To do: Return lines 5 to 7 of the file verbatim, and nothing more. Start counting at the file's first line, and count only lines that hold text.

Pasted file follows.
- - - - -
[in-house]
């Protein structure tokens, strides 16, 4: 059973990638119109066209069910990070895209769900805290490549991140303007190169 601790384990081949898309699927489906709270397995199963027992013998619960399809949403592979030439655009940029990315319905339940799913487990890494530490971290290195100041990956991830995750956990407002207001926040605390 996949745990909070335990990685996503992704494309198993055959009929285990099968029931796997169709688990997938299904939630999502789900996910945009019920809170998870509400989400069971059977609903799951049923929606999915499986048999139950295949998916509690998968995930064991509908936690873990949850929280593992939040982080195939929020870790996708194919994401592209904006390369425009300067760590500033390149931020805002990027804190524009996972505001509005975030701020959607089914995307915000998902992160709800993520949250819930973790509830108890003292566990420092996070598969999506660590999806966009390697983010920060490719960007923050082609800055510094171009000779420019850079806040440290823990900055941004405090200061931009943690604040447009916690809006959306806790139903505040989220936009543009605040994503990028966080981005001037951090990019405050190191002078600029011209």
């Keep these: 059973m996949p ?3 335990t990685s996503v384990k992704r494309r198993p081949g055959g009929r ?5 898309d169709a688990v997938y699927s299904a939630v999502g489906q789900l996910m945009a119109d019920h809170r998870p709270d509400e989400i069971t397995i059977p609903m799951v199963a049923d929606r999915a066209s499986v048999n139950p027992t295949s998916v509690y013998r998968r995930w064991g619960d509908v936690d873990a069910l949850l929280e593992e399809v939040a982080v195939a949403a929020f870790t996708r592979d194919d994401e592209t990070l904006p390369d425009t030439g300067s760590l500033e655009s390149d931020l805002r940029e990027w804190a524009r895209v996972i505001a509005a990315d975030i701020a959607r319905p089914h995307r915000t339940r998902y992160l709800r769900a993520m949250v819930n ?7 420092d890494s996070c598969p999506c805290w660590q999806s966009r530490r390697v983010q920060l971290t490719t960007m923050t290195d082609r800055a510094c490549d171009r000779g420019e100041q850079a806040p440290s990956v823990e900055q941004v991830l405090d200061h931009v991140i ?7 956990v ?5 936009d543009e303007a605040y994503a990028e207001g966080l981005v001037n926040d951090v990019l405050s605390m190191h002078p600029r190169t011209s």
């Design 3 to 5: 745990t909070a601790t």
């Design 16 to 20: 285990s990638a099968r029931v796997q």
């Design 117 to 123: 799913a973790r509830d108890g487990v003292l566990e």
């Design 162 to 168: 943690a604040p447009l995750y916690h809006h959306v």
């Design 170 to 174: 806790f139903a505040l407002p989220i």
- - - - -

């Design 16 to 20: 285990s990638a099968r029931v796997q």
């Design 117 to 123: 799913a973790r509830d108890g487990v003292l566990e």
């Design 162 to 168: 943690a604040p447009l995750y916690h809006h959306v």